Business Today readers give feedback on magazine's coverage of the February 15, 2015 issue.
This refers to your cover story on banking (Capital Crisis, February 15). The article was thought-provoking. The multiple problems of rising NPAs, decreasing CAR coupled with the stringent Basel III guidelines, pose a big challenge for the banks to tackle. However, a slew of cost-control and NPA ring-fencing measures may solve the problem. Public-sector banks in India by virtue of their CASA have a large database of retail and other customers. By utilising this database, credit scores and other demographic information of borrowers, banks can tighten their loan underwriting criterion, generate more cash by directing customers to the more economical self-service channels like Internet or bank ATM kiosks, and look at a manner in which to improve their CAR in a phased manner. Kudos to the BT team for publishing a very well-researched and well-articulated story. - Rachana Grover, On e-mail
This refers to an article The Futility of Ordinances (Feb 15). Is the BJP heading the same way as the Congress? Politicians and political parties always find a way to do anything they like - for instance, if a bill is not passed in Parliament, they take the "ordinance route". After coming to power, the ruling government has 11 temporary legislations so far - known as ordinances. The recent one is the Land Acquisition Act. Politicians have violated the laws in Parliament many a time, even superseding the court's decisions. This is a dangerous trend for democracy. - Mahesh Kapasi, New Delhi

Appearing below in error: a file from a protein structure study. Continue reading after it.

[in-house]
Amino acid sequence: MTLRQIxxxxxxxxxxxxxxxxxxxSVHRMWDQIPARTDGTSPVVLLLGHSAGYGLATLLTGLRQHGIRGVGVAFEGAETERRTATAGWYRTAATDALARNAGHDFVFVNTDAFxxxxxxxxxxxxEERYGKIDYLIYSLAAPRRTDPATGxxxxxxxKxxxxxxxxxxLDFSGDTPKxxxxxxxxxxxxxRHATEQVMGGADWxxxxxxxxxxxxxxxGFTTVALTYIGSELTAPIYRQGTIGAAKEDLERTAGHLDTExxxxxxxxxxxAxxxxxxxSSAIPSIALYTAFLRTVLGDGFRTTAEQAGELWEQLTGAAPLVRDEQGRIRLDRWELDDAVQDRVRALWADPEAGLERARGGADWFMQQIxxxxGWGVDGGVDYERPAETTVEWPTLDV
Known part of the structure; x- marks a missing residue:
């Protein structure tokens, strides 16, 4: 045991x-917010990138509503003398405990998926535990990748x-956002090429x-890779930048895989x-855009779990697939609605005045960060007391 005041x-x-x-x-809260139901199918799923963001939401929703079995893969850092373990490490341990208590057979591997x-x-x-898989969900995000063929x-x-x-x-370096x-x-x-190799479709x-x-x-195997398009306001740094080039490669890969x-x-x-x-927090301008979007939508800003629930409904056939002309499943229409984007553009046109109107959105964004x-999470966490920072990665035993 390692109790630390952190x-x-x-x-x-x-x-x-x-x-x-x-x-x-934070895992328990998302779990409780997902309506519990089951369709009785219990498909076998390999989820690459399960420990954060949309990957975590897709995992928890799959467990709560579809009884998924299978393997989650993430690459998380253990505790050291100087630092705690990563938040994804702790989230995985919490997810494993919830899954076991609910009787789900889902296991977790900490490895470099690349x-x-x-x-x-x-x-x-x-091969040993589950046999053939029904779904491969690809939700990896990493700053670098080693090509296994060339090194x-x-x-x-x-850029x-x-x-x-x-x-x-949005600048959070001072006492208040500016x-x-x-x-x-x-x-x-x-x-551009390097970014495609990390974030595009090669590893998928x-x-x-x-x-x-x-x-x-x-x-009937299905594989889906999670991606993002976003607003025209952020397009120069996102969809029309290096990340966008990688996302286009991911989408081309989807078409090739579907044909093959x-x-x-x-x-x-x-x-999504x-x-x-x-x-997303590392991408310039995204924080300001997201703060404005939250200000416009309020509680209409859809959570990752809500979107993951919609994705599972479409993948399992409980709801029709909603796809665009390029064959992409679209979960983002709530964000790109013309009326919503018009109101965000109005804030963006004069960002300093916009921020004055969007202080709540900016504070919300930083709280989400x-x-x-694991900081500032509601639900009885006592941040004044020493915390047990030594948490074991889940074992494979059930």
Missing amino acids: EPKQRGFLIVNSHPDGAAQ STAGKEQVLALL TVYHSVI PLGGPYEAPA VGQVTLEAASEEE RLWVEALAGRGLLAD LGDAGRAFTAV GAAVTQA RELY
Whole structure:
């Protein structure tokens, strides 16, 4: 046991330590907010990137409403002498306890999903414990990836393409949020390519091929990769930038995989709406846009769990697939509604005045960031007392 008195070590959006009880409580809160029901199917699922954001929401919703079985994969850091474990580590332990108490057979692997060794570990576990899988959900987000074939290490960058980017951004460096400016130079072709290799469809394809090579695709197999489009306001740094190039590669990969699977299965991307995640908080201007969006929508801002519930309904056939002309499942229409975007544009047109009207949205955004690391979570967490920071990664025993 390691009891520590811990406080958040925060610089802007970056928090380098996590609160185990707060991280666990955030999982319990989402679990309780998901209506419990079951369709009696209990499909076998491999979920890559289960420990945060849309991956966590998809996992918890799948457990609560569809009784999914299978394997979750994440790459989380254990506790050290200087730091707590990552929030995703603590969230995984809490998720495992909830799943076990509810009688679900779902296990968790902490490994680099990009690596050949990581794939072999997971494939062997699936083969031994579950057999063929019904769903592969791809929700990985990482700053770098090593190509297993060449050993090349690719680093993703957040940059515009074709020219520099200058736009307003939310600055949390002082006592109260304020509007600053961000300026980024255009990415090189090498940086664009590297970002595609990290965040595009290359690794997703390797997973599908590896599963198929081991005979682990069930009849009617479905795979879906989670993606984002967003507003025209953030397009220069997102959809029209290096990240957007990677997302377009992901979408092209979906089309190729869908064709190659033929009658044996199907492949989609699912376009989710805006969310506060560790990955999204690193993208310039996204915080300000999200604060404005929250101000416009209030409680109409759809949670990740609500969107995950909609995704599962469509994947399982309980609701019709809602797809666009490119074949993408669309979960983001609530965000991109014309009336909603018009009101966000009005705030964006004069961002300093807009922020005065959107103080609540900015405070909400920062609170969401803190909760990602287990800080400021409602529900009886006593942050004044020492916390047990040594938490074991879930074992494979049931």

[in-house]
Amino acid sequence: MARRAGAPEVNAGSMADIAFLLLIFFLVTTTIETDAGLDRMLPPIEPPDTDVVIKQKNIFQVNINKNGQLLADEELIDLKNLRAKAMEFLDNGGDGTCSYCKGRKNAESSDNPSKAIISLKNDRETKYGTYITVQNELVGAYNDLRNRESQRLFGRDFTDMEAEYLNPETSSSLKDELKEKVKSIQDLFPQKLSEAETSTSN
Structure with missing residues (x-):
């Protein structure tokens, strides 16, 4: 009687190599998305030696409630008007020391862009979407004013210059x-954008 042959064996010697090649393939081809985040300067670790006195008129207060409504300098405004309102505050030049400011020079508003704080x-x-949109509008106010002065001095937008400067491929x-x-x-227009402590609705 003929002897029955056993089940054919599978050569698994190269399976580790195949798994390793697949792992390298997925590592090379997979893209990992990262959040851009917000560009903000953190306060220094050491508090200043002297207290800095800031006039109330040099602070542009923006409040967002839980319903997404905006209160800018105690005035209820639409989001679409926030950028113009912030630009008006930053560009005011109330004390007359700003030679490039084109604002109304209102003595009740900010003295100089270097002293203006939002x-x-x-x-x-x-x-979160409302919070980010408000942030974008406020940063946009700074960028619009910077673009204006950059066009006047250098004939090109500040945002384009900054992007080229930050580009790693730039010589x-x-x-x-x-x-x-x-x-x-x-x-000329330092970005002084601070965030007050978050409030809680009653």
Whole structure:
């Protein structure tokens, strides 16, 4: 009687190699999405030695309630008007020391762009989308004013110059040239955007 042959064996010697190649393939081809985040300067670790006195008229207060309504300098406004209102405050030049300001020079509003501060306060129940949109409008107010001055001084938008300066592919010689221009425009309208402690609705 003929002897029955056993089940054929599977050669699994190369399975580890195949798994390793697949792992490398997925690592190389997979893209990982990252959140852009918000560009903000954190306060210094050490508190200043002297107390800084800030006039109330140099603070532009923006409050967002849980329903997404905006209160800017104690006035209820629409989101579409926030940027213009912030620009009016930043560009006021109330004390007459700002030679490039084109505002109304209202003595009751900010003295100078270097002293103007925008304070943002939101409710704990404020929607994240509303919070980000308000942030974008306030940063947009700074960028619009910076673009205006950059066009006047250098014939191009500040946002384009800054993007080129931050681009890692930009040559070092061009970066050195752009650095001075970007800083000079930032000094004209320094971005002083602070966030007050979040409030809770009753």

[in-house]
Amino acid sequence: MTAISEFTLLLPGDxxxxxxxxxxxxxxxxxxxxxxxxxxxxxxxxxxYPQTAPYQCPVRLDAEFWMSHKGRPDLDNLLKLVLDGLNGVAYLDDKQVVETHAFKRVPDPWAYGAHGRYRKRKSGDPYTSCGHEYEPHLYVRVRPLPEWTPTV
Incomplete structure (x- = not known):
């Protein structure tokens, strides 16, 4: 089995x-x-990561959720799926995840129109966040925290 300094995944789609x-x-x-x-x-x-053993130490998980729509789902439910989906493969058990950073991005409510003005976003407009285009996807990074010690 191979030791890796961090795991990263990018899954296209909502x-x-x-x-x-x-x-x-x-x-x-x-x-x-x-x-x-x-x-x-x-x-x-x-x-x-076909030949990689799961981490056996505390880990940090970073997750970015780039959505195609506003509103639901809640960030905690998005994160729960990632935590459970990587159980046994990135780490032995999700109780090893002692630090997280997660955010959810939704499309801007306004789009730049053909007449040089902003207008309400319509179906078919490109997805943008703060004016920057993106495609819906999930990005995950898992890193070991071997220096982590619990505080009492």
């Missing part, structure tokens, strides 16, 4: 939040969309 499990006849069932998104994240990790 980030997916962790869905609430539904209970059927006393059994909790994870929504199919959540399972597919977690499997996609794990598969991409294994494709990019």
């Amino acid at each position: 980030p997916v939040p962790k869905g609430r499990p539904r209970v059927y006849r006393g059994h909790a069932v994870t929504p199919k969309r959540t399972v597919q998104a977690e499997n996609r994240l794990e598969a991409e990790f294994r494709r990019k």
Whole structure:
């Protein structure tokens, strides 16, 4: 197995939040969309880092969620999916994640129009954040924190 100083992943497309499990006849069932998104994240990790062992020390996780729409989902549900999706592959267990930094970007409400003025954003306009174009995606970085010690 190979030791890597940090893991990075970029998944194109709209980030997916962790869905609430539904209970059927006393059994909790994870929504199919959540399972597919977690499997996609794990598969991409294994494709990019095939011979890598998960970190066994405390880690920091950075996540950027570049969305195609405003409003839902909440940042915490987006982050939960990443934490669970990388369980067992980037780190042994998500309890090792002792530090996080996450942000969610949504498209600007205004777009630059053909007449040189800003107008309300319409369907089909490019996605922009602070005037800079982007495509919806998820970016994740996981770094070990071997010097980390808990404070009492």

Tax Slabs for Elders
This refers to a column by Rajiv Kumar on the Budget, A Make or Break Budget (Feb 15). Before presenting the Budget in Parliament, the Finance Minister must look into the income tax aspects of senior citizens. There should not be any tax deduction at source (TDS) for senior citizens. Their tax exemption limit should be raised to Rs 10 lakh, thereby abolishing super senior citizens category (80 years or above) or let their whole income be exempted from income tax. - M. Kumar, New Delhi
Power Sector in a Coma?
This refers to your cover story on electricity, Switching Back to Power (Feb 1). Your intro says, "After spending years in a coma, the power sector has risen to embrace a life of multimillion-dollar deals." But according to the author, the power sector has been adding roughly 20,000 megawatt every year. In that case, it is a great achievement for the power sector. So I fail to understand how the power sector was in a coma.- Aqeel Ahmad, On e-mail
The author responds: The term "coma" refers to the industry stage in which new plants were set up but not operationalised due to fuel shortage.
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